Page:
The Concept of Scarcity: Tricking You With “Limited” Stock

This article is an excerpt from the Shortform summary of "Influence" by Robert B. Cialdini. Shortform has the world's best summaries of books you should be reading.

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Are you tempted by products that are only available for a short time? What about the lure of something exclusive that only a few people have? Is it the product itself or the concept of scarcity of that product drawing you?

The concept of scarcity in social psychology is that we are attracted to things that do not appear to be widely available. These things may be having a shortage or may just be accessible by fewer people. According to Robert Cialdini, scarcity influences our decisions. Don’t allow the concept of scarcity to obscure your actual feelings, opening yourself up to manipulation.

What Is the Concept of Scarcity?

Cialdini’s Scarcity Principle tells us that we find more appealing those things with limited availability. On a basic level, we encounter this all the time: rare goods are expensive, while abundant items are cheap.

The concept of scarcity, or the appearance of it, is a powerful motivating factor in influencing our behavior. We want things we can’t have—or at least think we won’t be able to have if we don’t act quickly and decisively.

As you know by now, compliance practitioners know how to frame their proposals to make them seem like rare, fleeting opportunities that we’ll miss if we don’t capitalize on them immediately. “Limited-time only” or “first come, first serve” sales offers are the most common use of the concept of scarcity. Compliance practitioners can greatly enhance the appeal of their product if they can convince you that what they’re selling is in short supply, will be taken off the market imminently, or is only available to an exclusive set of customers.

Resisting Cialdini’s Scarcity Principle

How do you avoid getting caught up in the concept of scarcity and its mania? How do you resist the temptation of “buy now, limited-time only?”

Knowledge, as with the other principles, is power. When you sense that your desire for some scarce item or experience is clouding your judgment, precisely because it is scarce, you should hit the pause button.

You’re never going to make a wise decision in this state of irrational exuberance. Compliance practitioners know this all too well, that’s why they try to work you up with scarcity tactics.

Once you realize that this is where your mind is going, you can begin to us your rational faculties to better assess the potential decision. Ask yourself, “Do I truly want to experience this scarce thing or merely possess it?”

In other words, do you really value it for its intrinsic social, economic, material, or psychological benefits, or is your desire driven solely by the concept of scarcity itself? If your answer is the latter, then you are probably being lulled into a scarcity compliance trap.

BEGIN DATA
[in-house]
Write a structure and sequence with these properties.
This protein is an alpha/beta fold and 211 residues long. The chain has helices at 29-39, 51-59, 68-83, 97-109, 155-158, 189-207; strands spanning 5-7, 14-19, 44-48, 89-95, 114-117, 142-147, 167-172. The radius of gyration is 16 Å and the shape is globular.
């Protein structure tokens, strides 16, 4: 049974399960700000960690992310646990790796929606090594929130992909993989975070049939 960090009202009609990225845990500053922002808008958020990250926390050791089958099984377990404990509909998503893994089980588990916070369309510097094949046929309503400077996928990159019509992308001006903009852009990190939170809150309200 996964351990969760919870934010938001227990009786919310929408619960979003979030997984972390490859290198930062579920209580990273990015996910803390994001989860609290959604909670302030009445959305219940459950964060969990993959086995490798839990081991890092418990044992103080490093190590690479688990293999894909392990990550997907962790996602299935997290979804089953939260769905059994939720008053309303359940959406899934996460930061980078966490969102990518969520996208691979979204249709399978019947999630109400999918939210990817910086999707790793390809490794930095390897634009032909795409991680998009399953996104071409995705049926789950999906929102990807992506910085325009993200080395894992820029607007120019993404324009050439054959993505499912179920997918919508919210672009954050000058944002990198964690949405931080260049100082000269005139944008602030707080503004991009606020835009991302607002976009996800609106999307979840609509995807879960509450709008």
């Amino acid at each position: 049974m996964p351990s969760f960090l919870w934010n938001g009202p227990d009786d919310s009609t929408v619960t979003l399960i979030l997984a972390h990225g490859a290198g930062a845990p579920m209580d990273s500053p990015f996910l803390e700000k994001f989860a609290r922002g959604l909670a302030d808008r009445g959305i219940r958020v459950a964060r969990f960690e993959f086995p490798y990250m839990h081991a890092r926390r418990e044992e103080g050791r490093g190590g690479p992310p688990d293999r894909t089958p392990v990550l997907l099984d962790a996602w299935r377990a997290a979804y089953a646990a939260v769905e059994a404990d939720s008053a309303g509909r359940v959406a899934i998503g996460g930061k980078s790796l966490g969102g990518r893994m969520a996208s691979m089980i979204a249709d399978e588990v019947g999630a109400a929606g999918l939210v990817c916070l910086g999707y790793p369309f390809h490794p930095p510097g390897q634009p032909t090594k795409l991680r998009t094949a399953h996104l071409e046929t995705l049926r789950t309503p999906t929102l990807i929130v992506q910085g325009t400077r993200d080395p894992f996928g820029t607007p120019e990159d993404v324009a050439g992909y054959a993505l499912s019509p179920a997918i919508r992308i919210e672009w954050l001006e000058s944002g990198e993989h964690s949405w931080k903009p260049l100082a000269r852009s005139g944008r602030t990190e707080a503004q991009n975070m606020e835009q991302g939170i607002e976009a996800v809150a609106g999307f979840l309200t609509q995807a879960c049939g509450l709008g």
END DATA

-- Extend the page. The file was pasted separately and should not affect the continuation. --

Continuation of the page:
Rare or scarce things aren’t inherently better than common things. Compliance practitioners know this better than anyone. Used-car salespeople, for example, know that they can greatly increase the desirability of a given car, simply by making potential customers wait in line while other potential customers inspect it and take it for test drives.

But the fact that they have to wait doesn’t make the car any better: the tires, transmission, shocks, and alignment are still the same. These customers become consumed by their desire to have the car, not by the actual utility of the car.

You should remember this as you confront the compliance practitioners of the world. Is the rarity of the thing itself what’s drawing you to it? If so, are there any inherently desirable qualities that would make the item rare? If there aren’t, then you might be buying something for entirely the wrong reasons. Don’t get manipulated by Cialdini’s Scarcity Principle.

The Concept of Scarcity: Tricking You With “Limited” Stock

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  • How professional manipulators use your psychology against you
  • The six key biases you need to be aware of
  • How learning your own biases will help you beat the con men around you

Rina Shah

An avid reader for as long as she can remember, Rina’s love for books began with The Boxcar Children. Her penchant for always having a book nearby has never faded, though her reading tastes have since evolved. Rina reads around 100 books every year, with a fairly even split between fiction and non-fiction. Her favorite genres are memoirs, public health, and locked room mysteries. As an attorney, Rina can’t help analyzing and deconstructing arguments in any book she reads.

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